Data Privacy Day - January 28

  • Published: Wednesday, Jan. 26, 2022

In 2009, the US House of Representatives formally recognized Jan. 28 as National Data Privacy Day #DPD. Then, Congress took it further by declaring this day with Senate Resolution 33 in 2014. So what's the big deal?

Our digital lives often lead to negligence in how we treat our personal data. We share, sometimes too much, on social media. We fill out surveys online. We enter information into forms without much thought of how this information is stored and used.

Don't confuse data privacy with data security. Both are equally important in our online lives, but data security equates to locked doors where data privacy would by more like pulling the curtains shut to keep others from seeing what you are doing.

#DPD is a reminder to check privacy settings and evaluate the information that you are entering into online resources. Recognize the dangers of sharing and how that information is being used. Treat your personal data like money. Protect it. Don't leave it lying around. Should your sensitive information fall into the hands of cybercrooks, it becomes extremely valuable, and it can lead to financial loses, damage to your personal reputation and identity theft for the victim.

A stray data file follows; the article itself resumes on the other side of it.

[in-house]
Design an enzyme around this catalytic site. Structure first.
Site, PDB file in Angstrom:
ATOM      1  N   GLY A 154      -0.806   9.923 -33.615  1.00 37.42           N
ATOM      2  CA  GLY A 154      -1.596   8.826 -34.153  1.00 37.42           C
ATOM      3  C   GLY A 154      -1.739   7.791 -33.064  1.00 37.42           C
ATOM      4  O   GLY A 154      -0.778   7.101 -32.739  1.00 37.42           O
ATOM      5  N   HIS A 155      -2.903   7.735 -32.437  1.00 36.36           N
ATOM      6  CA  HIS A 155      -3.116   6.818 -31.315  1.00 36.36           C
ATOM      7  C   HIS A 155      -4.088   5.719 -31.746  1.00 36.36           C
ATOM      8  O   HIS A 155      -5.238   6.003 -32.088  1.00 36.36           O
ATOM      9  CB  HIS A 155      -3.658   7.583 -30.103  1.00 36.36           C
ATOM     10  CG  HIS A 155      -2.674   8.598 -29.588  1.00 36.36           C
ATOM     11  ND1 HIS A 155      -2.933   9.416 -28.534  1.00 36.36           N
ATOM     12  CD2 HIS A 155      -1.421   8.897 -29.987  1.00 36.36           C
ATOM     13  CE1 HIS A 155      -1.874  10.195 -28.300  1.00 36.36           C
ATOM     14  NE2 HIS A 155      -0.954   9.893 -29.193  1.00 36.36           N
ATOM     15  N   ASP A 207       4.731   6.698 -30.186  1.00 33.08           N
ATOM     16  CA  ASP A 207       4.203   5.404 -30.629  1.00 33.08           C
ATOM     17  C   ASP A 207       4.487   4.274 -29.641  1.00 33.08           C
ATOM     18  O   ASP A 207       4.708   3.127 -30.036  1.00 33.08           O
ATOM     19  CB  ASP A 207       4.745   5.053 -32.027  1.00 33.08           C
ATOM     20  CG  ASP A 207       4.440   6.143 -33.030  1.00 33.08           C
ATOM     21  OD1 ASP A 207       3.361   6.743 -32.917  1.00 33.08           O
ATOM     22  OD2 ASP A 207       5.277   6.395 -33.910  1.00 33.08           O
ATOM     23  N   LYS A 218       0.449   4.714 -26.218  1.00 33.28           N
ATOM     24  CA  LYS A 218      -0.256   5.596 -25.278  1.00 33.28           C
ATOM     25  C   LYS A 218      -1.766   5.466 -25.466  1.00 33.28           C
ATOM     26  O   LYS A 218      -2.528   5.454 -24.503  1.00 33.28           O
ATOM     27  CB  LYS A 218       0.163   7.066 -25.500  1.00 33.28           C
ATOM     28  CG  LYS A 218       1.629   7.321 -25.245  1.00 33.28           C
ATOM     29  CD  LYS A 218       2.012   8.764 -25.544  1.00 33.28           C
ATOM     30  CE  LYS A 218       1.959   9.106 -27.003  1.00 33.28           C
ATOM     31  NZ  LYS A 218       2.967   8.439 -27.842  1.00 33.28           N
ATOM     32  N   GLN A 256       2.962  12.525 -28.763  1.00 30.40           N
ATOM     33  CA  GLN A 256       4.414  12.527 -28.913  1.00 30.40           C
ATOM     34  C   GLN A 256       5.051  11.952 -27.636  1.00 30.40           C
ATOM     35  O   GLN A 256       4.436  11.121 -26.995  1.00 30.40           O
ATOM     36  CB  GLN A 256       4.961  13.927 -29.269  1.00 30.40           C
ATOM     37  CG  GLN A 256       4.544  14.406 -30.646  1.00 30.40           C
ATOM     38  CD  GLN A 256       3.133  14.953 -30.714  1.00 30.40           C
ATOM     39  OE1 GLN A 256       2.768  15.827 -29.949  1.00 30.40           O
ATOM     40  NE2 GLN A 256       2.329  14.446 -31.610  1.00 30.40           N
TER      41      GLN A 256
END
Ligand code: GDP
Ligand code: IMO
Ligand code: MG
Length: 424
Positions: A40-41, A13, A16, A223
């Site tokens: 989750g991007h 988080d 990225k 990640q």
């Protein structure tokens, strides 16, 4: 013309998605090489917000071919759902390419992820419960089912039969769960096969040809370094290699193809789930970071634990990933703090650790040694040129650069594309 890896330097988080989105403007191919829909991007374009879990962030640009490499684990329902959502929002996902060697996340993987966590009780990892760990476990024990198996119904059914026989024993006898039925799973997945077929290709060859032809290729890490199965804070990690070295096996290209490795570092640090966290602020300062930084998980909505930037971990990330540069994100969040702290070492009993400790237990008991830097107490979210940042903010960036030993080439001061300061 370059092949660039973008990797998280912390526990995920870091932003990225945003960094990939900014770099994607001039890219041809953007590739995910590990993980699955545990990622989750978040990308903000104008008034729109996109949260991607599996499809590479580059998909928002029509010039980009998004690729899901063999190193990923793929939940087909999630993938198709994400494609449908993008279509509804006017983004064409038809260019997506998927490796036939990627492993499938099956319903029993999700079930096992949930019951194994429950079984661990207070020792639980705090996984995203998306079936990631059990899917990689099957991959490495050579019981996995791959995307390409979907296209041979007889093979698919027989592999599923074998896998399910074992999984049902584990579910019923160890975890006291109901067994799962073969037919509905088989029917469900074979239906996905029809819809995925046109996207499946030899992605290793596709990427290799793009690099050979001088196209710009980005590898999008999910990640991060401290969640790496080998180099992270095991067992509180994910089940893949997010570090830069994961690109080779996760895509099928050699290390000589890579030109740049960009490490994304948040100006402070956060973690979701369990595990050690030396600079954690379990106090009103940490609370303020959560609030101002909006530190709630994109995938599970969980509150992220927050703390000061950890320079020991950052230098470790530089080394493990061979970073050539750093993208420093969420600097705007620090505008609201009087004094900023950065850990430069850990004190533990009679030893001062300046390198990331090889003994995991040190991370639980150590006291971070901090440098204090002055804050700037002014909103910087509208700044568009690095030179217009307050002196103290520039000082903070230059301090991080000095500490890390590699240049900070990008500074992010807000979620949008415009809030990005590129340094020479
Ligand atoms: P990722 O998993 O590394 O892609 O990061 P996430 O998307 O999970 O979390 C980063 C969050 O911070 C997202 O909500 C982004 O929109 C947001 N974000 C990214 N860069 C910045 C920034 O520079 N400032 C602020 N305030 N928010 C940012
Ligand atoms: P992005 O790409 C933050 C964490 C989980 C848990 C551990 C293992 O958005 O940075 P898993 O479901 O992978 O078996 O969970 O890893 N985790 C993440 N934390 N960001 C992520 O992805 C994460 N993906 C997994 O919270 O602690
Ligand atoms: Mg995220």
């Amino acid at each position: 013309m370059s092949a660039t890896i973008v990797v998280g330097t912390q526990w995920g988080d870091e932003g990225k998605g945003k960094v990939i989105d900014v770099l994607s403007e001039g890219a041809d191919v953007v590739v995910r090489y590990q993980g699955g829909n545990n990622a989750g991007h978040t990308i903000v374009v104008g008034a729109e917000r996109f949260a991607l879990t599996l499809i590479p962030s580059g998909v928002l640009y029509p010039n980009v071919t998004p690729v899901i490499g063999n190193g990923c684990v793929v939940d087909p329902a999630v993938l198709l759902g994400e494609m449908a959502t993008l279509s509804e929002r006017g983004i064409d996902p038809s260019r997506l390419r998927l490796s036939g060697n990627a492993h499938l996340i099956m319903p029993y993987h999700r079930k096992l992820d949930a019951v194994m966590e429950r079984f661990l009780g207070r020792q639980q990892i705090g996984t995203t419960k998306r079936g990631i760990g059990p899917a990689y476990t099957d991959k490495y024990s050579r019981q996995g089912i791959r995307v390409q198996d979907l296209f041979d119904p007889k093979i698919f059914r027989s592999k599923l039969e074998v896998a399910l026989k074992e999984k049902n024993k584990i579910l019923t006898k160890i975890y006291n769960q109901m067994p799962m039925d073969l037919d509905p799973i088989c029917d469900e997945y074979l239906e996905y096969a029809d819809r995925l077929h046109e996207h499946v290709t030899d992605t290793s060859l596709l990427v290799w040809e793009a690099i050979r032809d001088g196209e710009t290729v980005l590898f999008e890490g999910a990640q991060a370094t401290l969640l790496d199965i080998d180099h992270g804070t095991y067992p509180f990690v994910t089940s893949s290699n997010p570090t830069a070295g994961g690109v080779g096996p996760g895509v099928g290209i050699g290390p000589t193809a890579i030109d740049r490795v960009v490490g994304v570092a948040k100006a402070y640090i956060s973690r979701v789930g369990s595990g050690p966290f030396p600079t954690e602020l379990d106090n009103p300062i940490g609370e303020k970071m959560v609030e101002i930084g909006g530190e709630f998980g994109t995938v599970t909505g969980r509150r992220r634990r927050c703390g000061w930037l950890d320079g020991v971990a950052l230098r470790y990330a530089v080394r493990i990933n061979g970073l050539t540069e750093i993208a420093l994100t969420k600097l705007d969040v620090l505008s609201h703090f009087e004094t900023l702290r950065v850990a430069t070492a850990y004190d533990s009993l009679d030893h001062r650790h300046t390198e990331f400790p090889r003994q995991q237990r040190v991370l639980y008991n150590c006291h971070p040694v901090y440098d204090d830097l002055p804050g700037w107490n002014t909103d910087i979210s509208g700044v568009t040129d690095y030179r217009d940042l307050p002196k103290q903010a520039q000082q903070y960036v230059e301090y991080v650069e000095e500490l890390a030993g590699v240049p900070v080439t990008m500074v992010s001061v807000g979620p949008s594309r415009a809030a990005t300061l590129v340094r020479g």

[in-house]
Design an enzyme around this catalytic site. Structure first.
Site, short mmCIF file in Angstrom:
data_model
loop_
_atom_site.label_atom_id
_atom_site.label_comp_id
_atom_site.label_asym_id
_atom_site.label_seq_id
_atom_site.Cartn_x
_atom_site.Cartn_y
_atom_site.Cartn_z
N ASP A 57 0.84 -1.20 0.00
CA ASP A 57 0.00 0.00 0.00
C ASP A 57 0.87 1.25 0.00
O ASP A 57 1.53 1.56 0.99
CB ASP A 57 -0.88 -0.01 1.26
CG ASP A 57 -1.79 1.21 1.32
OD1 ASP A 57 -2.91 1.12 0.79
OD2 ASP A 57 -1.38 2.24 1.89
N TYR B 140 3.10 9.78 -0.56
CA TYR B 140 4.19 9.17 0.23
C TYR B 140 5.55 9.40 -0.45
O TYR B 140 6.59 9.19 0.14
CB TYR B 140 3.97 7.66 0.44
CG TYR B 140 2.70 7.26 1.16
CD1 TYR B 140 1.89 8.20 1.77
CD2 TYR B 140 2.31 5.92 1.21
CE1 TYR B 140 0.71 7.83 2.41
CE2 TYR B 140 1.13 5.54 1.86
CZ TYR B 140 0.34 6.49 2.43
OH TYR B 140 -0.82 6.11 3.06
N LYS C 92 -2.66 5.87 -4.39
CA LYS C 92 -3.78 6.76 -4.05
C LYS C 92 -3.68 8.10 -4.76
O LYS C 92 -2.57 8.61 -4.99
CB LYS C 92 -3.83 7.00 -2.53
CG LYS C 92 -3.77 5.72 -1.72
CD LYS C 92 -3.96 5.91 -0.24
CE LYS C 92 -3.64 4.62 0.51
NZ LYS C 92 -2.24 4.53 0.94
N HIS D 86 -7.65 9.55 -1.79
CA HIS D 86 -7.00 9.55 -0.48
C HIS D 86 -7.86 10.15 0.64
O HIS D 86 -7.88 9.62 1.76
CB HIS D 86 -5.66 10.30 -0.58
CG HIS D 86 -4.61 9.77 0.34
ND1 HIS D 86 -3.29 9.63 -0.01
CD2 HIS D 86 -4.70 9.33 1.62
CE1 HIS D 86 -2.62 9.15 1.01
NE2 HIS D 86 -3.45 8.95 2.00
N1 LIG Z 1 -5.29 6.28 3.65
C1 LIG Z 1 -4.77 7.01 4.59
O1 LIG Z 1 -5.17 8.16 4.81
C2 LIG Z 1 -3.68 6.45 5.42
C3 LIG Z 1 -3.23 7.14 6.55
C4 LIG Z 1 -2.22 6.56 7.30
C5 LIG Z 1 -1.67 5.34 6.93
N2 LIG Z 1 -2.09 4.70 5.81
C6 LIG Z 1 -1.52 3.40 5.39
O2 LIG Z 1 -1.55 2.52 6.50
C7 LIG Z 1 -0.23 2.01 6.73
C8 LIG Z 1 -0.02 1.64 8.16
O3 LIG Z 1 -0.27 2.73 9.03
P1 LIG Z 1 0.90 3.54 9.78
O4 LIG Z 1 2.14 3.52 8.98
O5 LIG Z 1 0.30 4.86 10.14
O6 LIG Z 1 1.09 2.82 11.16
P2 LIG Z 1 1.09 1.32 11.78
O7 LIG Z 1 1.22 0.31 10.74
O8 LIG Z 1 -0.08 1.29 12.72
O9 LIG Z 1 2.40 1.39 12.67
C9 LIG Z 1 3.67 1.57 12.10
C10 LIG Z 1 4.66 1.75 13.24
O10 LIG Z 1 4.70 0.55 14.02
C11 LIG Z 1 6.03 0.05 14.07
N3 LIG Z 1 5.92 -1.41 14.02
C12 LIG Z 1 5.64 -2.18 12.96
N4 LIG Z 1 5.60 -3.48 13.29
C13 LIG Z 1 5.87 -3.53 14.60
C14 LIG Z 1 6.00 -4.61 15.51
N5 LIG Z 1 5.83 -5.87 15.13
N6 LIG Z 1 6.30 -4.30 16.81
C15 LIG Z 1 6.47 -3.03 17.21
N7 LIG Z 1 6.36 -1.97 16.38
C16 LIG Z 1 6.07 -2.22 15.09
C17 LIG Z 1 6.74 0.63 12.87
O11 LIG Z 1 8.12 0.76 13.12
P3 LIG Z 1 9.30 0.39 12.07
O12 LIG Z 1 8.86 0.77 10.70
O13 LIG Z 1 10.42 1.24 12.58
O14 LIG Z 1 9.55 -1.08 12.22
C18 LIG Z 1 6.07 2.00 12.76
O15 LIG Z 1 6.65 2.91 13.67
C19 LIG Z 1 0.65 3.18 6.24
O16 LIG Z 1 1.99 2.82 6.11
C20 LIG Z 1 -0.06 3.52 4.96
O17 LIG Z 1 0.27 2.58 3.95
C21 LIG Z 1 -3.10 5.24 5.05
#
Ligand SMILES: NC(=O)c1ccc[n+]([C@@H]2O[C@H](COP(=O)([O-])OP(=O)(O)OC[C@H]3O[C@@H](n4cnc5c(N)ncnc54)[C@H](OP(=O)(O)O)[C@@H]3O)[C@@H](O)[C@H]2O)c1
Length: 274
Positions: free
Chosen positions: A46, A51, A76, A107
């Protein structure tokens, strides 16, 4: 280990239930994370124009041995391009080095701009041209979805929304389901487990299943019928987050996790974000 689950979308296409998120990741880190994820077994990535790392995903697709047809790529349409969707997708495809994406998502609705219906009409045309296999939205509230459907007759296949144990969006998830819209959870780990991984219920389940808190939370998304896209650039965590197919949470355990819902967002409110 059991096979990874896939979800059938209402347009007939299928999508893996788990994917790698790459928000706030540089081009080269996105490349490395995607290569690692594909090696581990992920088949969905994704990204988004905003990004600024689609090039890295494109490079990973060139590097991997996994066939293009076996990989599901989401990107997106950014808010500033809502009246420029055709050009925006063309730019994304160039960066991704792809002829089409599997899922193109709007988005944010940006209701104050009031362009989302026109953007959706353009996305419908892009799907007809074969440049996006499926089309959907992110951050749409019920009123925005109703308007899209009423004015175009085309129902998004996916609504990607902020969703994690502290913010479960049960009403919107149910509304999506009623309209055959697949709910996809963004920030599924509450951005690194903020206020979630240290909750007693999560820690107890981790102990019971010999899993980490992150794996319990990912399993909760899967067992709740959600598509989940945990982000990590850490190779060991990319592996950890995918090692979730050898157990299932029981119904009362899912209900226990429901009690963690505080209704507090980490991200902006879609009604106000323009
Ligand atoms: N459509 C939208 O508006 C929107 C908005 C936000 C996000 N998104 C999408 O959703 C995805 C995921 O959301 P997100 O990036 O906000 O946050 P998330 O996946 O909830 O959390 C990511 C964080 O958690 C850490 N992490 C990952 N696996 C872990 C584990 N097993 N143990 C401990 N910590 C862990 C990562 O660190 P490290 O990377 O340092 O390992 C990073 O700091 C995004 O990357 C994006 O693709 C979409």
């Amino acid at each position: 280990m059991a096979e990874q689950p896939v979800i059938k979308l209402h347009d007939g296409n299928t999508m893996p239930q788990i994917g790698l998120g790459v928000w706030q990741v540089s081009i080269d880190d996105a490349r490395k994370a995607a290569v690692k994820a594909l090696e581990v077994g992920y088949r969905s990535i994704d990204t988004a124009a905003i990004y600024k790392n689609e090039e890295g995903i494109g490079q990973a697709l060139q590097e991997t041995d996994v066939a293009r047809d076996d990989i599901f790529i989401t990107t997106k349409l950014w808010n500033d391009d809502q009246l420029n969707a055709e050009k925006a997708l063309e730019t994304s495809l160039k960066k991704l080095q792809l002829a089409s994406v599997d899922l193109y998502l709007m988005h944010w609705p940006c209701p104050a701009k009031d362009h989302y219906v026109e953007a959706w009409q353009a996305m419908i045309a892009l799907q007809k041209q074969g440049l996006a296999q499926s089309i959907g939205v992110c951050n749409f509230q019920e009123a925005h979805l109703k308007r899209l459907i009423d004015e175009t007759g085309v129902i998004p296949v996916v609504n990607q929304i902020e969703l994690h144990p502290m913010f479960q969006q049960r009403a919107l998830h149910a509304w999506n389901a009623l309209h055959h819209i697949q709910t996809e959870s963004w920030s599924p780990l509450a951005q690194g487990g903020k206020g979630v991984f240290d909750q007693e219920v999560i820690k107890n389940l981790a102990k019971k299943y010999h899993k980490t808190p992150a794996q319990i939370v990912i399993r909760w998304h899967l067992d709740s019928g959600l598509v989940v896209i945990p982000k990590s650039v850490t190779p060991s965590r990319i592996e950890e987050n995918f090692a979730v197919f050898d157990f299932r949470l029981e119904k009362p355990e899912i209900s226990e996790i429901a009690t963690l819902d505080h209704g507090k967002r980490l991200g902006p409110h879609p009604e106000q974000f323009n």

Check yourself for these key privacy protections:

  • Update your privacy settings. This means on social media, web browsers and any other online resources that tie directly to you.
  • Update your passwords. If you use the same password for everything, now is the time to change that practice. Use long, strong passwords/passphrases (at least 15 characters) and make them unique for each online account.
  • Keep your apps and operating systems patched. Don't give access to apps that want to get into your contacts, location or photos if this is not necessary to use the app.
  • Spread the word. Tell your family and friends about #DPD and encourage them to take steps to safeguard their personal information as well.

The Missouri Student Privacy Alliance (MOSPA) works with Missouri schools to assist with building a registry of resources where districts and vendors can come to an agreement with what student data is used, how it is used and secured. To learn more, visit our webpage or send a request for information to [email protected].

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Writer: Kathy Bellew